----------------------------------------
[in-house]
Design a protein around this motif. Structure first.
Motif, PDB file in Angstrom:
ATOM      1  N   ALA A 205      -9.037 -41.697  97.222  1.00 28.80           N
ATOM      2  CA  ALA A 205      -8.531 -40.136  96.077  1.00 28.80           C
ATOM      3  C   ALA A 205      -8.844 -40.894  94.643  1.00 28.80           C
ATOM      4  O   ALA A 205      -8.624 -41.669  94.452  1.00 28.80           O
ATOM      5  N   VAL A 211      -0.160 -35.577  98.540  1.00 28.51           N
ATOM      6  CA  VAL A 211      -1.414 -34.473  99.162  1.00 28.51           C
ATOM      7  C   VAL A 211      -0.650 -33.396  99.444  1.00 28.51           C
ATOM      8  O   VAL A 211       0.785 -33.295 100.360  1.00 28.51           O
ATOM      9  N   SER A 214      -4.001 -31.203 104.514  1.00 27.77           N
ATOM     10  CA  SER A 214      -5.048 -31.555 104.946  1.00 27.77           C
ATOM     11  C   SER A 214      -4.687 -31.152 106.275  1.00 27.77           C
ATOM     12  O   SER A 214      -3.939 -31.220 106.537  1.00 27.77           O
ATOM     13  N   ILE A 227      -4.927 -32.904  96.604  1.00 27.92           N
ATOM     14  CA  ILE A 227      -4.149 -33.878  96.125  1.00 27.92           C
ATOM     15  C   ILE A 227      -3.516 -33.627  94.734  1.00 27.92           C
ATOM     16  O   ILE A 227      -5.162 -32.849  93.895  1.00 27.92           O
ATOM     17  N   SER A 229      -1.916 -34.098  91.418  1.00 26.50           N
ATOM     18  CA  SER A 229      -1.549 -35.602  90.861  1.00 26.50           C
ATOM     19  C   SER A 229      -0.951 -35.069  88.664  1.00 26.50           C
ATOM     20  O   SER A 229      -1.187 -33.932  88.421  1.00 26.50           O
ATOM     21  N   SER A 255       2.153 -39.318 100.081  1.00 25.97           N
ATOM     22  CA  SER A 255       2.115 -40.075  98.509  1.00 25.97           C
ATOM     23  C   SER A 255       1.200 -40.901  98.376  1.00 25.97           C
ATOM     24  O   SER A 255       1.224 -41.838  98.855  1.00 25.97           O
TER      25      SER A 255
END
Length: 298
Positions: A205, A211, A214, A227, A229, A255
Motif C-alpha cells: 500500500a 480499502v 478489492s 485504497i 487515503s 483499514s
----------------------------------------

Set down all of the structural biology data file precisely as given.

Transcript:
[in-house]
Design a protein around this motif. Structure first.
Motif, PDB file in Angstrom:
ATOM      1  N   ALA A 205      -9.037 -41.697  97.222  1.00 28.80           N
ATOM      2  CA  ALA A 205      -8.531 -40.136  96.077  1.00 28.80           C
ATOM      3  C   ALA A 205      -8.844 -40.894  94.643  1.00 28.80           C
ATOM      4  O   ALA A 205      -8.624 -41.669  94.452  1.00 28.80           O
ATOM      5  N   VAL A 211      -0.160 -35.577  98.540  1.00 28.51           N
ATOM      6  CA  VAL A 211      -1.414 -34.473  99.162  1.00 28.51           C
ATOM      7  C   VAL A 211      -0.650 -33.396  99.444  1.00 28.51           C
ATOM      8  O   VAL A 211       0.785 -33.295 100.360  1.00 28.51           O
ATOM      9  N   SER A 214      -4.001 -31.203 104.514  1.00 27.77           N
ATOM     10  CA  SER A 214      -5.048 -31.555 104.946  1.00 27.77           C
ATOM     11  C   SER A 214      -4.687 -31.152 106.275  1.00 27.77           C
ATOM     12  O   SER A 214      -3.939 -31.220 106.537  1.00 27.77           O
ATOM     13  N   ILE A 227      -4.927 -32.904  96.604  1.00 27.92           N
ATOM     14  CA  ILE A 227      -4.149 -33.878  96.125  1.00 27.92           C
ATOM     15  C   ILE A 227      -3.516 -33.627  94.734  1.00 27.92           C
ATOM     16  O   ILE A 227      -5.162 -32.849  93.895  1.00 27.92           O
ATOM     17  N   SER A 229      -1.916 -34.098  91.418  1.00 26.50           N
ATOM     18  CA  SER A 229      -1.549 -35.602  90.861  1.00 26.50           C
ATOM     19  C   SER A 229      -0.951 -35.069  88.664  1.00 26.50           C
ATOM     20  O   SER A 229      -1.187 -33.932  88.421  1.00 26.50           O
ATOM     21  N   SER A 255       2.153 -39.318 100.081  1.00 25.97           N
ATOM     22  CA  SER A 255       2.115 -40.075  98.509  1.00 25.97           C
ATOM     23  C   SER A 255       1.200 -40.901  98.376  1.00 25.97           C
ATOM     24  O   SER A 255       1.224 -41.838  98.855  1.00 25.97           O
TER      25      SER A 255
END
Length: 298
Positions: A205, A211, A214, A227, A229, A255
Motif C-alpha cells: 500500500a 480499502v 478489492s 485504497i 487515503s 483499514s